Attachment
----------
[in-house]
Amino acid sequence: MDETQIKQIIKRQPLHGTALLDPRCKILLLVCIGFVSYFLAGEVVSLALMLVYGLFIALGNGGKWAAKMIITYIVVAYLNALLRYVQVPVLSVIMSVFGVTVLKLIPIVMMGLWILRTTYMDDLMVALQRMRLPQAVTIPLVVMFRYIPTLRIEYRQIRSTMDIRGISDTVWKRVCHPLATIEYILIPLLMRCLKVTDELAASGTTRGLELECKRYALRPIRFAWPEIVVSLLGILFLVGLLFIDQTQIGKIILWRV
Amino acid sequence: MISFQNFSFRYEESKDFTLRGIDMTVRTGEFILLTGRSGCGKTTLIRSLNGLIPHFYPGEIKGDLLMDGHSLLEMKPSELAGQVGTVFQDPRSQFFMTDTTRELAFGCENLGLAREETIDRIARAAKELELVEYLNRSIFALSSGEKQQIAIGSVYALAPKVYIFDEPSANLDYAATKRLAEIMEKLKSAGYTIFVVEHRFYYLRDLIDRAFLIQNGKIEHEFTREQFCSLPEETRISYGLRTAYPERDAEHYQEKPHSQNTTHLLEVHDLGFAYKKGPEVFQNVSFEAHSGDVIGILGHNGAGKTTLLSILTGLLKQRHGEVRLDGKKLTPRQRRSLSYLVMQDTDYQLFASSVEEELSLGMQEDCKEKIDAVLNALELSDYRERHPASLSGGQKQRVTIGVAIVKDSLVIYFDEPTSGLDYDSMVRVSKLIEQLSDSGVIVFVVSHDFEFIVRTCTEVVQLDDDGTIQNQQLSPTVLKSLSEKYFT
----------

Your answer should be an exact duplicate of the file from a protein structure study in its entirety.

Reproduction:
[in-house]
Amino acid sequence: MDETQIKQIIKRQPLHGTALLDPRCKILLLVCIGFVSYFLAGEVVSLALMLVYGLFIALGNGGKWAAKMIITYIVVAYLNALLRYVQVPVLSVIMSVFGVTVLKLIPIVMMGLWILRTTYMDDLMVALQRMRLPQAVTIPLVVMFRYIPTLRIEYRQIRSTMDIRGISDTVWKRVCHPLATIEYILIPLLMRCLKVTDELAASGTTRGLELECKRYALRPIRFAWPEIVVSLLGILFLVGLLFIDQTQIGKIILWRV
Amino acid sequence: MISFQNFSFRYEESKDFTLRGIDMTVRTGEFILLTGRSGCGKTTLIRSLNGLIPHFYPGEIKGDLLMDGHSLLEMKPSELAGQVGTVFQDPRSQFFMTDTTRELAFGCENLGLAREETIDRIARAAKELELVEYLNRSIFALSSGEKQQIAIGSVYALAPKVYIFDEPSANLDYAATKRLAEIMEKLKSAGYTIFVVEHRFYYLRDLIDRAFLIQNGKIEHEFTREQFCSLPEETRISYGLRTAYPERDAEHYQEKPHSQNTTHLLEVHDLGFAYKKGPEVFQNVSFEAHSGDVIGILGHNGAGKTTLLSILTGLLKQRHGEVRLDGKKLTPRQRRSLSYLVMQDTDYQLFASSVEEELSLGMQEDCKEKIDAVLNALELSDYRERHPASLSGGQKQRVTIGVAIVKDSLVIYFDEPTSGLDYDSMVRVSKLIEQLSDSGVIVFVVSHDFEFIVRTCTEVVQLDDDGTIQNQQLSPTVLKSLSEKYFT